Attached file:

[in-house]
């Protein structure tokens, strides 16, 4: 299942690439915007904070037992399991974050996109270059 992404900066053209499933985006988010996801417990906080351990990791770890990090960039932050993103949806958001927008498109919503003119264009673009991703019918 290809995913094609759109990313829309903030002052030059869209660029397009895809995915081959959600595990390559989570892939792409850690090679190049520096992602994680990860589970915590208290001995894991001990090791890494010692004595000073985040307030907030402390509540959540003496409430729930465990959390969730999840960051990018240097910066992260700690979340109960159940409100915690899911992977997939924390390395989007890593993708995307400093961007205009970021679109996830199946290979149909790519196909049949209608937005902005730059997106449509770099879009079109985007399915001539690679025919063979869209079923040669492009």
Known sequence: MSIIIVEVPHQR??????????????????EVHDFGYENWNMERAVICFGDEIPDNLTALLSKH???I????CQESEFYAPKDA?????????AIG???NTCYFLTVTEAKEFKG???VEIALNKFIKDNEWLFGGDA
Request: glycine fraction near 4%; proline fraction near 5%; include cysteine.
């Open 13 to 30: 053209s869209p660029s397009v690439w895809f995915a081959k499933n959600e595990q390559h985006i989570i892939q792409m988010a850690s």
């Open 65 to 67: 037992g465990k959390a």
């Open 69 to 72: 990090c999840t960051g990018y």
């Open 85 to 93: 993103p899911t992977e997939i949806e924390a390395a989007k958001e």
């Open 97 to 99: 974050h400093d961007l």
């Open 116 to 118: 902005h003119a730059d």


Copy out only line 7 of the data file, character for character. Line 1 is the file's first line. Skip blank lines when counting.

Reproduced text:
């Open 69 to 72: 990090c999840t960051g990018y």